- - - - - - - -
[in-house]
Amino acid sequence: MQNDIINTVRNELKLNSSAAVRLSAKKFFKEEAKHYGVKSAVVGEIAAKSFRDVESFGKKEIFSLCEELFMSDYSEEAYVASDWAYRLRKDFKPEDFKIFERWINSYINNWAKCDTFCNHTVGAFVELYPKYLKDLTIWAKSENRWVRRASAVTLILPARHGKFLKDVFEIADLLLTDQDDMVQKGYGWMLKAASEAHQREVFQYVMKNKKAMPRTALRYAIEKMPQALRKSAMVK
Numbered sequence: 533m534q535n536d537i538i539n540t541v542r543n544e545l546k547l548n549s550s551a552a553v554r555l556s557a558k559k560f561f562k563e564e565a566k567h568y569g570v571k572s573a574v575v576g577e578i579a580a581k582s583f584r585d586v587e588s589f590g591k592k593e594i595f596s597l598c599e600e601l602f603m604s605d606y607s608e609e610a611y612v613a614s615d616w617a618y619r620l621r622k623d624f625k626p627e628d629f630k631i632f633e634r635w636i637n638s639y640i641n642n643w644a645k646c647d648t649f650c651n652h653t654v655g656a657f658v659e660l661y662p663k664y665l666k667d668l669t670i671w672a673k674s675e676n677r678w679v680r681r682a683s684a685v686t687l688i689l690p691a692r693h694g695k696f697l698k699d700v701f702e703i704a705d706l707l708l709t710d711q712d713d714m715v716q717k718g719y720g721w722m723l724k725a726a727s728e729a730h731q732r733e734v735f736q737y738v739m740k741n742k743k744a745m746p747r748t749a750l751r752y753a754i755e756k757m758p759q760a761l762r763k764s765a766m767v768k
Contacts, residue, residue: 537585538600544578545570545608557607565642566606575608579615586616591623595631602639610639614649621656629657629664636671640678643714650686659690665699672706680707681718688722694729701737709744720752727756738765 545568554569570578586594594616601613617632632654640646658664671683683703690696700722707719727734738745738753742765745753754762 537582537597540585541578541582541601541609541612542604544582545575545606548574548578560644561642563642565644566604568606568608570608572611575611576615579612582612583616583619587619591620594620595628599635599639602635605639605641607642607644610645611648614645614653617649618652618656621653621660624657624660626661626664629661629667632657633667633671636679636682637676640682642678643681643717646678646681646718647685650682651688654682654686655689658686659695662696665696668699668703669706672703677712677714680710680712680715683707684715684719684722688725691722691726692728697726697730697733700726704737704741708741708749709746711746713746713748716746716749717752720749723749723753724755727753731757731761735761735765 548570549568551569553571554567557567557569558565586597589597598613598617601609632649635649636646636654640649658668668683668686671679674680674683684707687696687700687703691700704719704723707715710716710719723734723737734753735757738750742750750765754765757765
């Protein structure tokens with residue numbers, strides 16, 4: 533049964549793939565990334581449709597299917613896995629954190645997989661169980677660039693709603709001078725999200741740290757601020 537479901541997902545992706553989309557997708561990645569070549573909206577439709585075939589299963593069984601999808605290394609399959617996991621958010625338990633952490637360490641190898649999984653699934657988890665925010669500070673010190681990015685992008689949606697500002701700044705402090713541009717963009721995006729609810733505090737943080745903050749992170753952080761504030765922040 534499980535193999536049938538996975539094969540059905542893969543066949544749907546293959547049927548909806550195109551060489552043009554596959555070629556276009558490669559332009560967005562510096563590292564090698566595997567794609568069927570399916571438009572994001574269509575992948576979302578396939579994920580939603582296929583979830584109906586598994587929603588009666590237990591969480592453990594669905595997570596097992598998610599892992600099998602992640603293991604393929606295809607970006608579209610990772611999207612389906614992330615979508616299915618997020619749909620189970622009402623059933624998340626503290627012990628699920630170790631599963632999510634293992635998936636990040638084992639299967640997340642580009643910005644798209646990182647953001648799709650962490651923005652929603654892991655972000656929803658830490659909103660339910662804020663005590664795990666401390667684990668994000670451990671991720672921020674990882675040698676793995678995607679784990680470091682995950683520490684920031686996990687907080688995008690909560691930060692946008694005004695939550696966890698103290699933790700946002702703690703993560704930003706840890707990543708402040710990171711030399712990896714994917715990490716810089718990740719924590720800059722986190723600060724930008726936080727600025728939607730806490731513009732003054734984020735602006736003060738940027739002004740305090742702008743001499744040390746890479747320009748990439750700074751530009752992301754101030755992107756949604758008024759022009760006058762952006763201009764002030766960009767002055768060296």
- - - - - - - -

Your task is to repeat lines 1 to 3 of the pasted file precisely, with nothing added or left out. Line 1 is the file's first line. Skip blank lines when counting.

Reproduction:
[in-house]
Amino acid sequence: MQNDIINTVRNELKLNSSAAVRLSAKKFFKEEAKHYGVKSAVVGEIAAKSFRDVESFGKKEIFSLCEELFMSDYSEEAYVASDWAYRLRKDFKPEDFKIFERWINSYINNWAKCDTFCNHTVGAFVELYPKYLKDLTIWAKSENRWVRRASAVTLILPARHGKFLKDVFEIADLLLTDQDDMVQKGYGWMLKAASEAHQREVFQYVMKNKKAMPRTALRYAIEKMPQALRKSAMVK
Numbered sequence: 533m534q535n536d537i538i539n540t541v542r543n544e545l546k547l548n549s550s551a552a553v554r555l556s557a558k559k560f561f562k563e564e565a566k567h568y569g570v571k572s573a574v575v576g577e578i579a580a581k582s583f584r585d586v587e588s589f590g591k592k593e594i595f596s597l598c599e600e601l602f603m604s605d606y607s608e609e610a611y612v613a614s615d616w617a618y619r620l621r622k623d624f625k626p627e628d629f630k631i632f633e634r635w636i637n638s639y640i641n642n643w644a645k646c647d648t649f650c651n652h653t654v655g656a657f658v659e660l661y662p663k664y665l666k667d668l669t670i671w672a673k674s675e676n677r678w679v680r681r682a683s684a685v686t687l688i689l690p691a692r693h694g695k696f697l698k699d700v701f702e703i704a705d706l707l708l709t710d711q712d713d714m715v716q717k718g719y720g721w722m723l724k725a726a727s728e729a730h731q732r733e734v735f736q737y738v739m740k741n742k743k744a745m746p747r748t749a750l751r752y753a754i755e756k757m758p759q760a761l762r763k764s765a766m767v768k